The USPTO is Going Soft on Patent Applications

by Jason Fischer (follow me on twitter)

Kerry Gorgone reports on the touching story of a pint-sized “inventor” who “came up” with the idea for attaching an IV bag pole to a kiddie car, so that hospitalized children can play while getting their meds. It seems the kid filed a patent application for the device and is charging a licensing fee for toy manufacturers to build the thing.

As heartwarming as this particular story may be, it provides a textbook example of an obvious device, which means that it should not be entitled to patent protection. When an “inventor” merely “‘arranges old elements with each performing the same function it had been known to perform’ and yields no more than one would expect from such an arrangement, the combination is obvious.” K.S.R Int’l Co. v. Teleflex Inc., 127 S. Ct. 1727, 1740 (2007) (quoting Sakraida v. Ag Pro, Inc., 96 S. Ct. 1532 (1976)). Providing patent protection for obvious devices does not further the constitutional mandate of our patent system — to promote the progress of science and the useful arts. K.S.R. Int’l Co., 127 S. Ct. at 1746. In fact, it weakens that system and provides plenty of ammunition for those who would criticize it and demand reform.

The fact that this device is used by sick children should not provide a “free pass” to patentability. I was shocked to read the examiner, Kevin Hurley’s office actions, finding not even a mention, let alone some analysis, of 35 U.S.C. ยง 103 as it applies to this device. See Image File Wrapper for U.S. Patent No. 7,374,228.

@Lawminatrix: Good luck with your office chair/beer keg thingy, but you might have a better chance, apparently, if you can describe your device as useful for baby kittens, butterflies, and/or bunny rabbits.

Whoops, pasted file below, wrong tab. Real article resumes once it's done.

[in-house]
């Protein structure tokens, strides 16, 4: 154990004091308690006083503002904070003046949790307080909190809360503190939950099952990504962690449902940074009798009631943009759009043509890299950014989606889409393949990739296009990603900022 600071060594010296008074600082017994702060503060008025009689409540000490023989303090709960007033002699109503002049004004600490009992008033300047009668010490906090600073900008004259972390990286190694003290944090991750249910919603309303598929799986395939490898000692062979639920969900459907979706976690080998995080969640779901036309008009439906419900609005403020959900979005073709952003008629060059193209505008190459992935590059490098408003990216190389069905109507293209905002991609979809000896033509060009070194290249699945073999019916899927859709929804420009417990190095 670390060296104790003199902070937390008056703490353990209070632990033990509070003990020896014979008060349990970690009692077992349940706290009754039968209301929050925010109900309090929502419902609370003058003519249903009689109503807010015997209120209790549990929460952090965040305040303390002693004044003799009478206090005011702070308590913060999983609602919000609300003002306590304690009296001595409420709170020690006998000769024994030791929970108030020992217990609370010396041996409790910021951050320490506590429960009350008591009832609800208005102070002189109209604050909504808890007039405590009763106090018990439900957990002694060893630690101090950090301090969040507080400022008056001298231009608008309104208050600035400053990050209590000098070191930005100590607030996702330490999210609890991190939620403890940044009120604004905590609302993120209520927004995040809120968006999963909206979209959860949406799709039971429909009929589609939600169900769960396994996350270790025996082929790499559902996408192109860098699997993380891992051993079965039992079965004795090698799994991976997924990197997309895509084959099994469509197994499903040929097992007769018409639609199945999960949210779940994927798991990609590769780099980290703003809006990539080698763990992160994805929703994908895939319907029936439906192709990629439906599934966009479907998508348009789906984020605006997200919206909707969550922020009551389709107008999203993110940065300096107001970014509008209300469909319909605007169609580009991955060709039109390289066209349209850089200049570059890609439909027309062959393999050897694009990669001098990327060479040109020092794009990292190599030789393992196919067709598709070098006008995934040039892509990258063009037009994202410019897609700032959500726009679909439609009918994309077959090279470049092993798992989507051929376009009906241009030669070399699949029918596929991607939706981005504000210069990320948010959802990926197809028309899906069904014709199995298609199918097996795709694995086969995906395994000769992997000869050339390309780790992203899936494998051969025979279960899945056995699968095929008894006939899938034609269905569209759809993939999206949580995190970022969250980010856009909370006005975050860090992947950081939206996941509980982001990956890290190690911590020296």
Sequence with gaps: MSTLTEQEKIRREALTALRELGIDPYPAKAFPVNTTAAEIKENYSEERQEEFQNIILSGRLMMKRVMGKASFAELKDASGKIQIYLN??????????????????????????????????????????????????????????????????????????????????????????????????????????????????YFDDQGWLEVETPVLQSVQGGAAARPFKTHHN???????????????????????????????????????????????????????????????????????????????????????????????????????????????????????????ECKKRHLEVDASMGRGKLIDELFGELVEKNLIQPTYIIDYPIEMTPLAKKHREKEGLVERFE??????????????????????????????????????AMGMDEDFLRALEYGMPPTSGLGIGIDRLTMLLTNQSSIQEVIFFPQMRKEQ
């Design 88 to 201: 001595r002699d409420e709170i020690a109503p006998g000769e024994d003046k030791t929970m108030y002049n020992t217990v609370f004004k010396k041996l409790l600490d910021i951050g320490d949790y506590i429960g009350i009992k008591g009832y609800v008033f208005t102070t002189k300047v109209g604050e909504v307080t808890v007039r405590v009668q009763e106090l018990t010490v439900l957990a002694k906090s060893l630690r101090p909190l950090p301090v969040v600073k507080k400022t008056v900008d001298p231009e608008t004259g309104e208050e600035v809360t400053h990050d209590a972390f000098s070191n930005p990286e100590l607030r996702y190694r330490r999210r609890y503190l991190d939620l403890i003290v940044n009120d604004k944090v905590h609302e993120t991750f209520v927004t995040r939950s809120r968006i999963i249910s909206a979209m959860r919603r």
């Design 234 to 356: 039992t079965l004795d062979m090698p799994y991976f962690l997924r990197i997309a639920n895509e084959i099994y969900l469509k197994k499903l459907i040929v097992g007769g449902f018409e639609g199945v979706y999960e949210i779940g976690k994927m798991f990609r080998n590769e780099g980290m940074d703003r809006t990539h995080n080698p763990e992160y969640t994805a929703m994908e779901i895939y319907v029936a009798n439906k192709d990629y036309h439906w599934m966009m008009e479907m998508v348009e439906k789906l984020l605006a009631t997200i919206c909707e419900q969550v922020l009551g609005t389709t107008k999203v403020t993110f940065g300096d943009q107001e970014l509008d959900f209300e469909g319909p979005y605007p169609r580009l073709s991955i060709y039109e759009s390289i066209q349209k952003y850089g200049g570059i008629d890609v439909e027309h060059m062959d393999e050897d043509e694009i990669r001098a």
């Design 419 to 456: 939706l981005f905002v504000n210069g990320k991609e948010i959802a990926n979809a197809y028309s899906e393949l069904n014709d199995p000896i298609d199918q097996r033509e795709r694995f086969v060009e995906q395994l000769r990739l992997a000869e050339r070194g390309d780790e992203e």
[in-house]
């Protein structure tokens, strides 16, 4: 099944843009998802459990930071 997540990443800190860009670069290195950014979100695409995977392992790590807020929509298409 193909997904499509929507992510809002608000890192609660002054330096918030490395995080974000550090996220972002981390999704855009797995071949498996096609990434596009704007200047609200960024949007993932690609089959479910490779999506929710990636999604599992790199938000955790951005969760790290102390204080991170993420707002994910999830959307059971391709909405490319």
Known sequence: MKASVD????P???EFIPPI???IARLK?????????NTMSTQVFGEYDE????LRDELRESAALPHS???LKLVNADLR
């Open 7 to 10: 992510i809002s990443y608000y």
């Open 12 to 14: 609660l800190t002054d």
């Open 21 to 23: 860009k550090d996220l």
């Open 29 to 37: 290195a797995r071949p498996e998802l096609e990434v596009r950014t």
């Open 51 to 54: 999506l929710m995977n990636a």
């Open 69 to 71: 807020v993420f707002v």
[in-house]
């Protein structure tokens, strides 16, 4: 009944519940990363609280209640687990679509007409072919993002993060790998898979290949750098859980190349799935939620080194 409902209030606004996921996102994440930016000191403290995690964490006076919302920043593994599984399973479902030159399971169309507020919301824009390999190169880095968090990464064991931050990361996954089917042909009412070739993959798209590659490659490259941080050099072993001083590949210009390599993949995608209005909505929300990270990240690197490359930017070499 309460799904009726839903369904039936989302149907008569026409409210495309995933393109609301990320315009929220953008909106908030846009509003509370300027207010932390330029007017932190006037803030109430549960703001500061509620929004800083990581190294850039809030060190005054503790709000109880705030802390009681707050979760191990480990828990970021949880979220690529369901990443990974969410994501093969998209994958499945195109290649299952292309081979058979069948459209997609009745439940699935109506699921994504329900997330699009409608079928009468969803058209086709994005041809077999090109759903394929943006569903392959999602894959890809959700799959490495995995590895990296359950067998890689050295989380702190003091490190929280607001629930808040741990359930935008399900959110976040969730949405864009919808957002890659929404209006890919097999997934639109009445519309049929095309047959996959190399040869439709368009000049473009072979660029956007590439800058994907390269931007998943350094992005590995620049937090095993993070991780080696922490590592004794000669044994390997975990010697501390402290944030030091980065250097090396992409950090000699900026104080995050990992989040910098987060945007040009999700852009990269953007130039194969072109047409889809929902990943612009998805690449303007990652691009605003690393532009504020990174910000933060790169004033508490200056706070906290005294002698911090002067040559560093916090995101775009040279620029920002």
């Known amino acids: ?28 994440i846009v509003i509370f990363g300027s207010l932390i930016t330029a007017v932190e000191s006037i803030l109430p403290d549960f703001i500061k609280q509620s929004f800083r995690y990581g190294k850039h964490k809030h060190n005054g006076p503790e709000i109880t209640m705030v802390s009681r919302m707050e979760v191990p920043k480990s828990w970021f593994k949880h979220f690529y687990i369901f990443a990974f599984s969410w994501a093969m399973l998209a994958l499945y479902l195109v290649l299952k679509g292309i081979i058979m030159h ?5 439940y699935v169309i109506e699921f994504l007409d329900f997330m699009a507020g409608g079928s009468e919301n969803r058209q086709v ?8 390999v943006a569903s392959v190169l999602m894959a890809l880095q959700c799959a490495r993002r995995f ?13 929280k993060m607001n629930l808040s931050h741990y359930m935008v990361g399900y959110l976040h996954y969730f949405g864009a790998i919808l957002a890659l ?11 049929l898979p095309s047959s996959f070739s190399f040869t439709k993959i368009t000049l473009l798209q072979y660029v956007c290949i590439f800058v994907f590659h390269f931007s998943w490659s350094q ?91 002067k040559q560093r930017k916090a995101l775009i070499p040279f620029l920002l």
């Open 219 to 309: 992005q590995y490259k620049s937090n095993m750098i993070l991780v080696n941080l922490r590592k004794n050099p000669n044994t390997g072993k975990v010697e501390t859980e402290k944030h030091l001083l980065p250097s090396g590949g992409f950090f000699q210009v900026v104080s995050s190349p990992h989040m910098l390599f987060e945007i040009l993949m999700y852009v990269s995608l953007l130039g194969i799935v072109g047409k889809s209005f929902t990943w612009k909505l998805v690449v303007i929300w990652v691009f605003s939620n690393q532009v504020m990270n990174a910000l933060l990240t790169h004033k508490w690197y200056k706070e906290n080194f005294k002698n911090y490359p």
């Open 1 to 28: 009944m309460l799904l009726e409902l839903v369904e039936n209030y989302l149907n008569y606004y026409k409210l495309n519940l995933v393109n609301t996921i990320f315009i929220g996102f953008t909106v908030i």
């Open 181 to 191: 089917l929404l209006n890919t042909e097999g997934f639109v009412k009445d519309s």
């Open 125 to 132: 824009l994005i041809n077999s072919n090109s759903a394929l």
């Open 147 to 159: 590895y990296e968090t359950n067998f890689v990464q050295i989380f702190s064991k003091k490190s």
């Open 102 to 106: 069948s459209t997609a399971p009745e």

5 Responses to The USPTO is Going Soft on Patent Applications

  1. KWW says:

    Hmmmm, I know Randazza isn’t a patent attorney, but his legal career already includes taking a companion animal away from a sick child, so initiating an ex parte reexamination of this patent might be the perfect compliment.

  2. Tanner Andrews says:

    Many things which you might think of as not patent subject matter may be approved. For instance, see #6,360,693 (dog toy).

  3. jfischer1975 says:

    Just because they’ve done it before, doesn’t make it right when they do it now and in the future. Issuing weak patents is bad for everyone.

  4. Phil&Susanne says:

    Do these ‘patents’ ever stand up in court ? We see ‘patents’ issued for design/engineering concepts, details, attributes, combinations of them that have long been published, long been in use, with all necessary details fully shared with the public. Ideas in the public realm should be off limits !?
    Just saw a case for national and then ‘world-wide’ patent protection for geometries and usage that are both centuries old in their roots and usage and have been periodically updated throughout recent times in full public view and with full public access/repeatability of all relevant details. And yet, it seems that the examiners granted ‘protection’. Is it incompetence, lack of research-depth, making some patent-attorneys well-off but won’t stand muster when pushed ??

  5. Acro says:

    That’s it, I am filing for a patent for a textual blog generator of entertaining yet educating law topics, interlaced with external reference commentary, to be used in legal blogs! :) I am going to roll in the dough!

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